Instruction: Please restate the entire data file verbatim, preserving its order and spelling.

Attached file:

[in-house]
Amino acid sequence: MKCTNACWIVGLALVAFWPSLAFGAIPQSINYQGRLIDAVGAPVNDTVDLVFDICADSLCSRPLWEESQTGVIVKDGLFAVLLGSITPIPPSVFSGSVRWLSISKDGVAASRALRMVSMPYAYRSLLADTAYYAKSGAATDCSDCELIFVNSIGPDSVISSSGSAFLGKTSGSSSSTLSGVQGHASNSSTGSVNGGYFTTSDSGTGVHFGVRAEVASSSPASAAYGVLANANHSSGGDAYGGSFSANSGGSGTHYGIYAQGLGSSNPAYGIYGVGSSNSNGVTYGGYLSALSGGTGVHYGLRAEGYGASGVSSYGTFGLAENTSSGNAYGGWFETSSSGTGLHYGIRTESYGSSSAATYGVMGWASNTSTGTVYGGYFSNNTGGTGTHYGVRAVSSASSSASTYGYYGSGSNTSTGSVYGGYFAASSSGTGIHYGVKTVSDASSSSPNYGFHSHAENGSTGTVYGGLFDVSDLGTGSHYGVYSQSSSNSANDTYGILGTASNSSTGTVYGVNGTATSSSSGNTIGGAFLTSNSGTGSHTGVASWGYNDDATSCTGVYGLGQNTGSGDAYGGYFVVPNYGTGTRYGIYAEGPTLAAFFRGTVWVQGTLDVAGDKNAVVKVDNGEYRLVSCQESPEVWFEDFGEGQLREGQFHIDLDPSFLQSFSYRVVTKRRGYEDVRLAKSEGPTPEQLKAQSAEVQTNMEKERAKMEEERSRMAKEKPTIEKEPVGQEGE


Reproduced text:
[in-house]
Amino acid sequence: MKCTNACWIVGLALVAFWPSLAFGAIPQSINYQGRLIDAVGAPVNDTVDLVFDICADSLCSRPLWEESQTGVIVKDGLFAVLLGSITPIPPSVFSGSVRWLSISKDGVAASRALRMVSMPYAYRSLLADTAYYAKSGAATDCSDCELIFVNSIGPDSVISSSGSAFLGKTSGSSSSTLSGVQGHASNSSTGSVNGGYFTTSDSGTGVHFGVRAEVASSSPASAAYGVLANANHSSGGDAYGGSFSANSGGSGTHYGIYAQGLGSSNPAYGIYGVGSSNSNGVTYGGYLSALSGGTGVHYGLRAEGYGASGVSSYGTFGLAENTSSGNAYGGWFETSSSGTGLHYGIRTESYGSSSAATYGVMGWASNTSTGTVYGGYFSNNTGGTGTHYGVRAVSSASSSASTYGYYGSGSNTSTGSVYGGYFAASSSGTGIHYGVKTVSDASSSSPNYGFHSHAENGSTGTVYGGLFDVSDLGTGSHYGVYSQSSSNSANDTYGILGTASNSSTGTVYGVNGTATSSSSGNTIGGAFLTSNSGTGSHTGVASWGYNDDATSCTGVYGLGQNTGSGDAYGGYFVVPNYGTGTRYGIYAEGPTLAAFFRGTVWVQGTLDVAGDKNAVVKVDNGEYRLVSCQESPEVWFEDFGEGQLREGQFHIDLDPSFLQSFSYRVVTKRRGYEDVRLAKSEGPTPEQLKAQSAEVQTNMEKERAKMEEERSRMAKEKPTIEKEPVGQEGE